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Kyoto is one of my all time favourite places in the world. It was the first city I visited outside of Australia and for so many years I’ve been in a world of romanticized fantasy hidden away in so many books on geisha. From real life tales of the modern geisha to memoirs and fictional works. I was beyond thrilled at the opportunity to go back to Kyoto as an adult and explore the areas that I had seen over 15 years ago. Little did I know that I would be partaking in one of the most enjoyable experiences of this trip – a kimono experience.

Experiencing a kimono moment in Kyoto

Now I did feel a little odd going into the kimono experience. With the recent cultural issues surrounding non-Japanese people wearing and culturally appropriating the word ‘kimono’ for marketing and branding purposes. I didn’t want to be yet another white girl, getting my #geisha on and tottering around the town looking like a fool. All for the ‘gram. I did want to experience what it was like to go for dirty backpacker fashion to clean, well presented kimono wearing lady. Let me introduce you to Yume Yakata Kimono Experience. A chance to experience the kimono from selecting each element, being professionally dressed and getting super kimono glam with hair and makeup.

What exactly is a geisha? 

A geisha is not a sex worker. Let’s just get that bit out in the open. There seems to be a misunderstanding in western tourists minds that the geisha is a pretty dressed up sex worker, who just has the extra task of entertaining a party of men in a tea house before getting down to business. This is so far from the truth that it hurts to have to say as much.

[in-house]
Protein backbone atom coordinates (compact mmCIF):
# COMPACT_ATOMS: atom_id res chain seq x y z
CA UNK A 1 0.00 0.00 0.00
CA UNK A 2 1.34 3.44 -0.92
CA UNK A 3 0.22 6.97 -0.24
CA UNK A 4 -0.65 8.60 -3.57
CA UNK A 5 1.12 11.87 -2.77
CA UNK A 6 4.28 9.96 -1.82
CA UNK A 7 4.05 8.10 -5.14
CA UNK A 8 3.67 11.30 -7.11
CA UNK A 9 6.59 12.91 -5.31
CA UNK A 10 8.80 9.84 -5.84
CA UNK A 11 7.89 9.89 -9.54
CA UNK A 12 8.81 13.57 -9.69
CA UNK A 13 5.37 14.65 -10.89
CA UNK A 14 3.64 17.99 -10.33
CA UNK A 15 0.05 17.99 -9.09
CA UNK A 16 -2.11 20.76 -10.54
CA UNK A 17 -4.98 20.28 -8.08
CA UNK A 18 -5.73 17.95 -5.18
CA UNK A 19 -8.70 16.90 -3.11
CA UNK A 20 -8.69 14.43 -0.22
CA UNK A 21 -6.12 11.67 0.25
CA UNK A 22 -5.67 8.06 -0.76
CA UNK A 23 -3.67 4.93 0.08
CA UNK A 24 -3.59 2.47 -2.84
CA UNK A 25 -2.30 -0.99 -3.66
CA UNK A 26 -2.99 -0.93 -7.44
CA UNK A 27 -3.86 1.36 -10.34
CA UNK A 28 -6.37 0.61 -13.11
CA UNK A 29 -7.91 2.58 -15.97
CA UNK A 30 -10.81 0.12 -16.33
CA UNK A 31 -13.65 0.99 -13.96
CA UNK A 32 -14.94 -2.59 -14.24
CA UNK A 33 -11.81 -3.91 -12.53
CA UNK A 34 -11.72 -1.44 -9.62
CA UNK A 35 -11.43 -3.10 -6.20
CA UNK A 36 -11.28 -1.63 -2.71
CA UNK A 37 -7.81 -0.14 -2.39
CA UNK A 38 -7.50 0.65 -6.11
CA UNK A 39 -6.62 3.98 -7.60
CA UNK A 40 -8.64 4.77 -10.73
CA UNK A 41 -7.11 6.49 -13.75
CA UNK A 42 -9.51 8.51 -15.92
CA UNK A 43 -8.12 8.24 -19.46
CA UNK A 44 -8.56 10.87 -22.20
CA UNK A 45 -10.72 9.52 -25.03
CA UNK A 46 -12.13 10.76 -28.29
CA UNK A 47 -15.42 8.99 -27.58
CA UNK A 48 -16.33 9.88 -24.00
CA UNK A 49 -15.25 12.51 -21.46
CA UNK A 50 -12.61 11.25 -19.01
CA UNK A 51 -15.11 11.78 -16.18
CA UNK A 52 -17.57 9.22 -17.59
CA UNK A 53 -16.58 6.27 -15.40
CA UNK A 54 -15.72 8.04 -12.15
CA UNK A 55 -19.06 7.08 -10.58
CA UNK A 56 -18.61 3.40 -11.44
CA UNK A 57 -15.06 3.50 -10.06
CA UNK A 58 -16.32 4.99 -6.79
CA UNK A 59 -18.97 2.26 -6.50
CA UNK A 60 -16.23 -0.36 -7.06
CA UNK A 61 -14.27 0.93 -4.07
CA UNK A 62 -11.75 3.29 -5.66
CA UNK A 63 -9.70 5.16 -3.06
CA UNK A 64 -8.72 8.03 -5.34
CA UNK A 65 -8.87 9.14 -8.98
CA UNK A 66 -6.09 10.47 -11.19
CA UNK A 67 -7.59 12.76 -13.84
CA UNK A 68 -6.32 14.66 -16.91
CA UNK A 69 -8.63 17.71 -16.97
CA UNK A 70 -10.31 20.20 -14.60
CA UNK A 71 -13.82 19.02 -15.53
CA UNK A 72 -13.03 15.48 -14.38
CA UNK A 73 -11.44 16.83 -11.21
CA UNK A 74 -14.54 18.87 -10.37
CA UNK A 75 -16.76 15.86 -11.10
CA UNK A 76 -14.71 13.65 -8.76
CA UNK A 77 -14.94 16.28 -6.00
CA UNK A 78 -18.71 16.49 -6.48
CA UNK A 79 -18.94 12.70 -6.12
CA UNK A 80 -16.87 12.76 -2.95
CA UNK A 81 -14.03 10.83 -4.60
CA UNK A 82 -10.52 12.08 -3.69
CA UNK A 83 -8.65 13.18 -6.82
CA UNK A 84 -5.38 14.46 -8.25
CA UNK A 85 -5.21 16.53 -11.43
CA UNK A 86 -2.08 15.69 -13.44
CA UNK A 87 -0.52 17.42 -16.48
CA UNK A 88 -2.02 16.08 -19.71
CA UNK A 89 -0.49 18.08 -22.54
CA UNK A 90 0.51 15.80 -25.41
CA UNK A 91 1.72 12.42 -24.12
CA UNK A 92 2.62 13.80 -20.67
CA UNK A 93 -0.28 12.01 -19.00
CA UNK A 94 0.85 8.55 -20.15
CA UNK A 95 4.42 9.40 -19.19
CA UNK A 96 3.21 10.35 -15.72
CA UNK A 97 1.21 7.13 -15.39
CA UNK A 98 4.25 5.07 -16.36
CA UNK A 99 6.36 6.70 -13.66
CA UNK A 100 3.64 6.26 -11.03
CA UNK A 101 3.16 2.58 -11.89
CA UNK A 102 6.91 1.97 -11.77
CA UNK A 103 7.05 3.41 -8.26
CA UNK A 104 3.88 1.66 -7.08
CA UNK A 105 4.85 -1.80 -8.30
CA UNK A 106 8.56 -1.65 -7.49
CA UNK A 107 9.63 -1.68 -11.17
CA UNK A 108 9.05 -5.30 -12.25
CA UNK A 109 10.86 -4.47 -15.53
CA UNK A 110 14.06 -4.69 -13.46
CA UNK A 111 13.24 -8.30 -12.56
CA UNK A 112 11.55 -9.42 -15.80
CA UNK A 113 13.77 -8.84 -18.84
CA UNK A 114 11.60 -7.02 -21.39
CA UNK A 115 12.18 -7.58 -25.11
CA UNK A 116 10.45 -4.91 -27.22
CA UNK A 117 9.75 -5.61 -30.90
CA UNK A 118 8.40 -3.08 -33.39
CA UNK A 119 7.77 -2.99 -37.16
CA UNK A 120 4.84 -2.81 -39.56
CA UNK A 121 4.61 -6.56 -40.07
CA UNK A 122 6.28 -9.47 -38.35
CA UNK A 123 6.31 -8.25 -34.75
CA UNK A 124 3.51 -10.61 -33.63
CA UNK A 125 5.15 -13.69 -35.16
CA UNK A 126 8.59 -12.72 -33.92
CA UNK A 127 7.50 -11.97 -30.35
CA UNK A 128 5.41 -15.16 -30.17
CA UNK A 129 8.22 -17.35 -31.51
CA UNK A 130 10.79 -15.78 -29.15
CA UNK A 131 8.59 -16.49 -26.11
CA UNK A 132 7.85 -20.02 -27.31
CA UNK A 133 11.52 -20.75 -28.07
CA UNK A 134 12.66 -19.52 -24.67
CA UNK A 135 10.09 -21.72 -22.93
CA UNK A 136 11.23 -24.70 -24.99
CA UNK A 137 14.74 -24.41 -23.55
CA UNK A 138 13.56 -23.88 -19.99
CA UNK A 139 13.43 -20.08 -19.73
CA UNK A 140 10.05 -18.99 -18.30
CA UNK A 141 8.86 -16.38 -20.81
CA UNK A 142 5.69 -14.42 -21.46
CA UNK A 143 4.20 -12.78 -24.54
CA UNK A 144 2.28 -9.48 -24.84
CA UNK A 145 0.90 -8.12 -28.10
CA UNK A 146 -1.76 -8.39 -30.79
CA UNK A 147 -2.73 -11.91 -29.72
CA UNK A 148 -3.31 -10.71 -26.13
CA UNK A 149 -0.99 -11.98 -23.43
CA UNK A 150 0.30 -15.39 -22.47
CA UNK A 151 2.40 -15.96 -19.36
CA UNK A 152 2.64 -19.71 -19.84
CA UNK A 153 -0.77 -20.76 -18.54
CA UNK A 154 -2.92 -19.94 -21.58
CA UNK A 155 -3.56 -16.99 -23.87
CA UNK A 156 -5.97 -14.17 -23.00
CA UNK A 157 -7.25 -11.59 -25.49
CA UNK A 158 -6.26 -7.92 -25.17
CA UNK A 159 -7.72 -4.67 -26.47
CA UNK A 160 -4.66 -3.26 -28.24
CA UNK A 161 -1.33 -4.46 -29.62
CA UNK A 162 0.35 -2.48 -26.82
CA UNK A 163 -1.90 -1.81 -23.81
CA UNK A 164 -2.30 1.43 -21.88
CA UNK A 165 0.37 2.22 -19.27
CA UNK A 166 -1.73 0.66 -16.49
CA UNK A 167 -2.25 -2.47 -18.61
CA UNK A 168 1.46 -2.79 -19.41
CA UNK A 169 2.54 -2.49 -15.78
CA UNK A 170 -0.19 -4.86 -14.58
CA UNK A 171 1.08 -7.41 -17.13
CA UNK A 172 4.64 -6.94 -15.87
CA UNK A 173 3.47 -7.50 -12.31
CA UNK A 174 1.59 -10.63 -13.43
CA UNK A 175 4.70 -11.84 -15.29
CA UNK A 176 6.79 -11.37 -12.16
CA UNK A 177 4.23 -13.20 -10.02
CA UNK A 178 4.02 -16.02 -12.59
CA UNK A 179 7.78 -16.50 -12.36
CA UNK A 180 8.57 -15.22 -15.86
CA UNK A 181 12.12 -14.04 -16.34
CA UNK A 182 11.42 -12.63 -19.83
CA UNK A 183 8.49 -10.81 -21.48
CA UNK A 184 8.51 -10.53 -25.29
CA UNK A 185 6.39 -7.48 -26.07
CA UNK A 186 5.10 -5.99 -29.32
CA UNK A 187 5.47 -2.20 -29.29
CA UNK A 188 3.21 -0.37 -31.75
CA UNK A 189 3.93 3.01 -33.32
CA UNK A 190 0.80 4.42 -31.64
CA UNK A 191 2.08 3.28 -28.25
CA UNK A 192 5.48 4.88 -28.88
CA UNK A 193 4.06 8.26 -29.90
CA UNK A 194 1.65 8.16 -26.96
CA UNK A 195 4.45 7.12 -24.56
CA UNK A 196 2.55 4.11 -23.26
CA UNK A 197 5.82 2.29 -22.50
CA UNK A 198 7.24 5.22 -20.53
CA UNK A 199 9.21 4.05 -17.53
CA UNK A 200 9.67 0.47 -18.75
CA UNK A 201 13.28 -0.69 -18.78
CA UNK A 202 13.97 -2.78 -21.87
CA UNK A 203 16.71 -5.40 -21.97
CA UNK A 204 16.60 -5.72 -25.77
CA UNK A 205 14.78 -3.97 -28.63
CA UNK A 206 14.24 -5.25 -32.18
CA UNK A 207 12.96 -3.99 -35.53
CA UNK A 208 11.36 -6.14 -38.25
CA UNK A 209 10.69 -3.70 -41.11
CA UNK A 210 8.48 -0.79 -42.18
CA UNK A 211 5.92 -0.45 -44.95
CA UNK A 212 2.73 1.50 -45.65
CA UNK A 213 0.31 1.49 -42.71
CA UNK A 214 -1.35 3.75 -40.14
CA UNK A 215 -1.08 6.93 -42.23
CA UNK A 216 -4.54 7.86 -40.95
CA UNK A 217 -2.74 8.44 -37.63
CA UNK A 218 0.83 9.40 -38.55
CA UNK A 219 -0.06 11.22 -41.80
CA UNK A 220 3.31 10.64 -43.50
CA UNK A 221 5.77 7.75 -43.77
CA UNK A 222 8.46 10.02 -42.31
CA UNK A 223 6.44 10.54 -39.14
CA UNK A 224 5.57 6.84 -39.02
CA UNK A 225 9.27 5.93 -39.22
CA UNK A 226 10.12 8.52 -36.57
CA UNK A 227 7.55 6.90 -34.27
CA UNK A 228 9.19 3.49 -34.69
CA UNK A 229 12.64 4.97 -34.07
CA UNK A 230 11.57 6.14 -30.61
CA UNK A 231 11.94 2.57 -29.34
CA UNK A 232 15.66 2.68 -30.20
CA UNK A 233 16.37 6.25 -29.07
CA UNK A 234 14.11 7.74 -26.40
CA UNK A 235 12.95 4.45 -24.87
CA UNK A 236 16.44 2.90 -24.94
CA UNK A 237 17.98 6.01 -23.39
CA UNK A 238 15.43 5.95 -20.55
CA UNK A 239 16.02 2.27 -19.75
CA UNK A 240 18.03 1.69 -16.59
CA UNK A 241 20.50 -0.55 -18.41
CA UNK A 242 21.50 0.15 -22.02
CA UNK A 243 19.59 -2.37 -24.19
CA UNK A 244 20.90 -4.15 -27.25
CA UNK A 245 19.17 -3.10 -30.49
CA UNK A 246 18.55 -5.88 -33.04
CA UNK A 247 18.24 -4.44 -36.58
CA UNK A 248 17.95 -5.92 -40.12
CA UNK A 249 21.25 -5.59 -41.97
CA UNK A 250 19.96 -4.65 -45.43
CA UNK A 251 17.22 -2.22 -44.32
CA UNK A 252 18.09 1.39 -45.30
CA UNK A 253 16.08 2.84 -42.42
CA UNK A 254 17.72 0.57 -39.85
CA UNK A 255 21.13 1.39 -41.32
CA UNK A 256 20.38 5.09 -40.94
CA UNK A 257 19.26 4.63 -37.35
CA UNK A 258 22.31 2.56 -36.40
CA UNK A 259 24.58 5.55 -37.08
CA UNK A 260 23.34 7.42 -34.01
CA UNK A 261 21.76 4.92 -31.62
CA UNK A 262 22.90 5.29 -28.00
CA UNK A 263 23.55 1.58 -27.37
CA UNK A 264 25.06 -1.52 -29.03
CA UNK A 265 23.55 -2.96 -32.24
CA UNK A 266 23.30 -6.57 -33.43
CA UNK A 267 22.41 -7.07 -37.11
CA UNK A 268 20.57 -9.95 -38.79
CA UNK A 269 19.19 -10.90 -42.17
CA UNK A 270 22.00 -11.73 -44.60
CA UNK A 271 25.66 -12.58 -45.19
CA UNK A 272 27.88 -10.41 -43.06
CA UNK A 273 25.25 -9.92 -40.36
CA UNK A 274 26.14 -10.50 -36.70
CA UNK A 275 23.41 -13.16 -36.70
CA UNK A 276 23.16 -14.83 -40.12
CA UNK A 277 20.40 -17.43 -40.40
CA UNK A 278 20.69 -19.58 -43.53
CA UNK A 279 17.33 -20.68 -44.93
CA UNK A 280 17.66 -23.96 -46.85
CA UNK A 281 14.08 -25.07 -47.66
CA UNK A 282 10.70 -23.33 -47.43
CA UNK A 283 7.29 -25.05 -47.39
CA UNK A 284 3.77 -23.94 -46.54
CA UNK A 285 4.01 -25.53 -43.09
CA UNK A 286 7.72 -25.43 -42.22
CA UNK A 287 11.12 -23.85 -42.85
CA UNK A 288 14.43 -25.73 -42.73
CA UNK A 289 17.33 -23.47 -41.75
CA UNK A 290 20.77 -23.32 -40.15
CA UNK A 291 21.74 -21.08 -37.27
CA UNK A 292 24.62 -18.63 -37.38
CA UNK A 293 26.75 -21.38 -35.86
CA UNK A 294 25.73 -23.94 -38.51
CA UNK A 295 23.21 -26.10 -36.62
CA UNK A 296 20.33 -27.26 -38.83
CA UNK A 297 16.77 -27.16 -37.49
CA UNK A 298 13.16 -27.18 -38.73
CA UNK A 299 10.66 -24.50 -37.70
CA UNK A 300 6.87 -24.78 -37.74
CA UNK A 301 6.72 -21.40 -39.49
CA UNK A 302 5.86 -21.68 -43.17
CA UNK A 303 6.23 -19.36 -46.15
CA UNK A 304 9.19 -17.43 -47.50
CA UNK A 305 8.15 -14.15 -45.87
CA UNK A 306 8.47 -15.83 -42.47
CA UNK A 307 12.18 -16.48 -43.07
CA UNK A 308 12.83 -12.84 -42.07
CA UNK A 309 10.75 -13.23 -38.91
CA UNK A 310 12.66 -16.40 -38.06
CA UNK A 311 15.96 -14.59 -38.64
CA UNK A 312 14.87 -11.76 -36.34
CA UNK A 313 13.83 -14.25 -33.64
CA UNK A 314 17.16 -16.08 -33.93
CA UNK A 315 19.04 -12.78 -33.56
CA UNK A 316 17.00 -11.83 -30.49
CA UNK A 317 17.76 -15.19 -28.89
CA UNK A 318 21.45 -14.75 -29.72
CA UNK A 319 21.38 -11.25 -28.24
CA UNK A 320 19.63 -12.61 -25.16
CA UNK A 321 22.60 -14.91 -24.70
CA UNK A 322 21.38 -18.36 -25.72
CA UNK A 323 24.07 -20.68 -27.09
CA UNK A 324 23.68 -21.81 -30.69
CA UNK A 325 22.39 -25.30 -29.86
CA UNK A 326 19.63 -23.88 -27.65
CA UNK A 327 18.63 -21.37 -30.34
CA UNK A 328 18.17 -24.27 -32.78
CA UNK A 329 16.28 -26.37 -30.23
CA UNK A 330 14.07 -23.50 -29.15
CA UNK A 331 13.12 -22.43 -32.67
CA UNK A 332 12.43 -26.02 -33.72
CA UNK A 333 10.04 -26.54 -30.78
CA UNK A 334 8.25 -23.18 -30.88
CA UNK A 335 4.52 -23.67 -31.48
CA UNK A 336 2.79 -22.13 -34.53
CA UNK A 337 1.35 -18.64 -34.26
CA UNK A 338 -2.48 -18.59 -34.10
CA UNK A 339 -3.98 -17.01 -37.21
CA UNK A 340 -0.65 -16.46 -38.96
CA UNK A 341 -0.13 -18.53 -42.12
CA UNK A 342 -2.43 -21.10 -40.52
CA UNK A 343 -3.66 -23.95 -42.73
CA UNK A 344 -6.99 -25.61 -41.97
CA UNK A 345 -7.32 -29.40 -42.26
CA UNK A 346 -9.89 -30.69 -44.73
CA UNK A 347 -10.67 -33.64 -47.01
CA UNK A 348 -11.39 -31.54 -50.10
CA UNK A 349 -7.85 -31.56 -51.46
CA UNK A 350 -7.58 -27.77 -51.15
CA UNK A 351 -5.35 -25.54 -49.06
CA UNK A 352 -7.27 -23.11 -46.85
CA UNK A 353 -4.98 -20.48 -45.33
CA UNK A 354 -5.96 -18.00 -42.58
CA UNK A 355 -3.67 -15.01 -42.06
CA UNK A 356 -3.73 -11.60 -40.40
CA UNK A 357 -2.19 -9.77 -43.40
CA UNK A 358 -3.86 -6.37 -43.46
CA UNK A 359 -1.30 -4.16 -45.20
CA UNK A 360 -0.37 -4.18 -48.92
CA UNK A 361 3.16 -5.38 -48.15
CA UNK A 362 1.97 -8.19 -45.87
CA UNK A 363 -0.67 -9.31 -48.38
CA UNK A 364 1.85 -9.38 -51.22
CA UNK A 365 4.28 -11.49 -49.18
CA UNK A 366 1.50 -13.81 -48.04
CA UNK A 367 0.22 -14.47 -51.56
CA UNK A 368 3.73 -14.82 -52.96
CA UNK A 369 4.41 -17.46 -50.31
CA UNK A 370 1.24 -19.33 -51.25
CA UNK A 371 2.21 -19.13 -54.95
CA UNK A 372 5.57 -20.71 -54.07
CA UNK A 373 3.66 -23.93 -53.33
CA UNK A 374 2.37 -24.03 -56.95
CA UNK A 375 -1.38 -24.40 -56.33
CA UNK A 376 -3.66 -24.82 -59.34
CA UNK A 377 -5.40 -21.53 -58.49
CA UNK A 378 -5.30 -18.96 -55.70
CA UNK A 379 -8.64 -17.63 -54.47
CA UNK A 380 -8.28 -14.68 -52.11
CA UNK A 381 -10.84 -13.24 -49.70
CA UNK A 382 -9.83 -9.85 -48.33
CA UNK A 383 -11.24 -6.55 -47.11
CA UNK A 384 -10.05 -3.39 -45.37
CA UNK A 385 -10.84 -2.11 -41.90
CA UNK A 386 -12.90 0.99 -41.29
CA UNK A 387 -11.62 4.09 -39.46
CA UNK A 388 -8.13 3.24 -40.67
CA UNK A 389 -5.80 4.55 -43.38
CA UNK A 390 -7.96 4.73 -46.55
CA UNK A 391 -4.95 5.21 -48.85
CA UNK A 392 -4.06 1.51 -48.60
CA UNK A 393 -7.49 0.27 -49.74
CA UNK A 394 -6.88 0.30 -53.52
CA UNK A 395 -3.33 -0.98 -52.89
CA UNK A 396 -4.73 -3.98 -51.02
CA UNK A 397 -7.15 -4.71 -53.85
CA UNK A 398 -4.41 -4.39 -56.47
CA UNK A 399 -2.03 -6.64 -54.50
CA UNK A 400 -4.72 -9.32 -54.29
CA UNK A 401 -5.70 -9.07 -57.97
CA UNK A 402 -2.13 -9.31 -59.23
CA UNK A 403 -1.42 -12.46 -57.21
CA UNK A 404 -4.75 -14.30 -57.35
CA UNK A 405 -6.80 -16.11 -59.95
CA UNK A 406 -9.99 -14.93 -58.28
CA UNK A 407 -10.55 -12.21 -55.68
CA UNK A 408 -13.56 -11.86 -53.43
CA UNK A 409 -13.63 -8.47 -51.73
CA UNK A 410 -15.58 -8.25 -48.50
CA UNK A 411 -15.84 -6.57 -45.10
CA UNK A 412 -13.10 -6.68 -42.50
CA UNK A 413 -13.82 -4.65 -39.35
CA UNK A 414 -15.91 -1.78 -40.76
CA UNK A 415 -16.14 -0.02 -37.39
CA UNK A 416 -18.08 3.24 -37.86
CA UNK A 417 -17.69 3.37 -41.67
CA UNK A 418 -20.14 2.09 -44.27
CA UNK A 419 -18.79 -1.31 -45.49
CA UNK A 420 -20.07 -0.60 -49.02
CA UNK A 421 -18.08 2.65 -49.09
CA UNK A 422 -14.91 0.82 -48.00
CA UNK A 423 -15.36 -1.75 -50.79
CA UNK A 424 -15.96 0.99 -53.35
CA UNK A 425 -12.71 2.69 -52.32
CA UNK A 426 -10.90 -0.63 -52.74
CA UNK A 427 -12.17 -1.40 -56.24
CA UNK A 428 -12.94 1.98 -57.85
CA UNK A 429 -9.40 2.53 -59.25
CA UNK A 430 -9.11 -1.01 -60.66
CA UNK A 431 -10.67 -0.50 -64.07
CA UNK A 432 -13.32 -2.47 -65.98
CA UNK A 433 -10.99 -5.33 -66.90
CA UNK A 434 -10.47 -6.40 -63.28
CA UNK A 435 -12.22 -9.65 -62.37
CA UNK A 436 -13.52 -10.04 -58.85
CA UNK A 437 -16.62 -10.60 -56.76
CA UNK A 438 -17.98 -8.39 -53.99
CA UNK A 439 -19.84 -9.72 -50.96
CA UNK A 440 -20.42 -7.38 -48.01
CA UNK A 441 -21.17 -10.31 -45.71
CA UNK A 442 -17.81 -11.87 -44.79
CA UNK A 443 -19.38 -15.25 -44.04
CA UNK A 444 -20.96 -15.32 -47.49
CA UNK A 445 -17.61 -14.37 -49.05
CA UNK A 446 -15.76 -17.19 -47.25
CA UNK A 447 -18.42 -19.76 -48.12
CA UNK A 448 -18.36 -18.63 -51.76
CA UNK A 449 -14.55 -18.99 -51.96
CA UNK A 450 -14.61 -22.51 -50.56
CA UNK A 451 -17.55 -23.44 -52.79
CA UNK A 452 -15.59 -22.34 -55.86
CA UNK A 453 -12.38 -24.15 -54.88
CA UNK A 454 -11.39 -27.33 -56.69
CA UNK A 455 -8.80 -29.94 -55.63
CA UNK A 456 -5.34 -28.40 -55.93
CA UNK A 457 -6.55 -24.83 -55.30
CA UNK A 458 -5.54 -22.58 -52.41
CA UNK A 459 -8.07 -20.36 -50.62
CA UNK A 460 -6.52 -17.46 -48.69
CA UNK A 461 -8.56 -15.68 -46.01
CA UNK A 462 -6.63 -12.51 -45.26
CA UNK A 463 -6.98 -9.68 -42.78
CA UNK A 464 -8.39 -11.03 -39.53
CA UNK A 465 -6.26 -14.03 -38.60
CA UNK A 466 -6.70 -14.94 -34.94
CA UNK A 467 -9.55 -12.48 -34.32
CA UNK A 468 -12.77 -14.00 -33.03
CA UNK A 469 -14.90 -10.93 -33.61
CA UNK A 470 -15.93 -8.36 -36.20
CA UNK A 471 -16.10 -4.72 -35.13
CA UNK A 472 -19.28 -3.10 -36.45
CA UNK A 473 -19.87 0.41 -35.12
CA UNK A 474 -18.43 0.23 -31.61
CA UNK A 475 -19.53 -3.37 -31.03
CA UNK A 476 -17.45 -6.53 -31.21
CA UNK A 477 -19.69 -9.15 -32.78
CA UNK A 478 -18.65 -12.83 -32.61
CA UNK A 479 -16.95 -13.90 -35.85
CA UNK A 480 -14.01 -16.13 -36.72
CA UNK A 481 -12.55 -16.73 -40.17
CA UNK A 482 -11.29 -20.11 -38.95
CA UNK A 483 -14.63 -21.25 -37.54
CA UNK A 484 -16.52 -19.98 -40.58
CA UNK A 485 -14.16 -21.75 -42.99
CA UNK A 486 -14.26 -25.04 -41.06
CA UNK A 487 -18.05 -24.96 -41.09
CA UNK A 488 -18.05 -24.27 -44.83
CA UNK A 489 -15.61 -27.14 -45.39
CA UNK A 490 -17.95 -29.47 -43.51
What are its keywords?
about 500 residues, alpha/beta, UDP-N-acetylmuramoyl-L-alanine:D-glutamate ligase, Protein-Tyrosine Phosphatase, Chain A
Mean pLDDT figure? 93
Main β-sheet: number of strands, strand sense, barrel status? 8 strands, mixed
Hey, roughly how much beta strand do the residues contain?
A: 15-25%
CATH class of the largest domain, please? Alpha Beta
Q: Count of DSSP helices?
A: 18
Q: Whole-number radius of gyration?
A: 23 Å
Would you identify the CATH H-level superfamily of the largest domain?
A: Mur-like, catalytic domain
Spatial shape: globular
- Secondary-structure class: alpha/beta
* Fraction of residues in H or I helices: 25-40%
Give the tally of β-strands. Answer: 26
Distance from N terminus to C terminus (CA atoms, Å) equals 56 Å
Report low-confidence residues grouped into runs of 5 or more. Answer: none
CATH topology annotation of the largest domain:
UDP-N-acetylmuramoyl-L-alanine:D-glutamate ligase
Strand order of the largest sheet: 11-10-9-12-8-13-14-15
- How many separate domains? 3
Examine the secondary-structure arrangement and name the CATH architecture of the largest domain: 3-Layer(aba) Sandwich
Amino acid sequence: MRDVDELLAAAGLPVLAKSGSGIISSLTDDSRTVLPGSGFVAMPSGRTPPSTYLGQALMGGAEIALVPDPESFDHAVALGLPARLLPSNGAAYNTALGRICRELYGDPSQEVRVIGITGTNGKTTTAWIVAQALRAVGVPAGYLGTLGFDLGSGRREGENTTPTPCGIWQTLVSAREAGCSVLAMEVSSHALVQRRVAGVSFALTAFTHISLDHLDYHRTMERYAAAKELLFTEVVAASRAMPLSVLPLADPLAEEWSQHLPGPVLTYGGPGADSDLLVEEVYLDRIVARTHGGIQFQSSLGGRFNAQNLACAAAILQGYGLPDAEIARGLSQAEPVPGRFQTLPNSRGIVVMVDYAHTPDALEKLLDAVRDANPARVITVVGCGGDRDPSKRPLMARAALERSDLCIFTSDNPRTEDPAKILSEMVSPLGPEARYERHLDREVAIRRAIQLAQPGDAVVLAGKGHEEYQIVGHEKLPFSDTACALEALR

A true geisha is successful because she projects a sense of unattainable perfection. When men hire geisha to entertain at a party, sex has nothing to do with it. A geisha entertains with singing, music, dance, story-telling, attentiveness and flirtation. She can speak about politics as easily as she can explain the rules of a drinking game. In a time when Japanese wives were excluded from public life in general, geisha were the women who could play the role of attentive female at business gatherings. – How Stuff Works – Geisha
This article by How Stuff Works gives you a really great oversight of the history of geisha and into modern day geisha life style. 
*Did you know that the original geisha were men? During this time Japanese women were not allowed outside of the home to do tasks like entertain men or be involved in business
A geisha’s primary job is that of hostess. All of her skills go into making sure a party is a tremendous success and that everyone has a good time.
Jean with a fan

The importance of the kimono

The term kimono roughly translates to “thing to wear” or “clothing” dependent on which academic scholar you want to believe. One thing we do know is that the kimono as a fashion statement dates back to the Muromachi period (1392-1568) and is commonly worn by both men and women. One of the main reasons that the kimono style stayed in vogue for so long was it’s ultimate versatility. The kimono can easily be layered for cold weather or altered to suit any season. With so many moving pieces, as I discovered during my kimono experience, there is endless possibilities for kimono. The heavy silk kimono can be easily worn in Autumn and winter, while a lighter linen and/or cotton kimono, the yukata, can be worn in summer. 
Note – you’ll commonly see people wearing the yukata around Japan. It’s easy to put on, doesn’t require a lot of maintenance compared to the heavy silk kimono. During festival season, such as cherry blossom or during fire work displays it’s common to see people in the yukata. I did get a giggle at times seeing teeny tiny Japanese women wearing yukata, immaculate hair and makeup, handbags and then Nike or Addidas sneakers. Cause let’s be honest a girls gotta be comfortable y’all! 
After 1945, Japanese women abandoned their role as bearers of Japan’s fashion traditions and embraced Western styles, and the market for high-end kimono is now collapsing as wealthy customers opt for cheaper, more casual fashion.
You can read more about the history of kimono from this article.
Picking our kimonos
Picking out the kimono pieces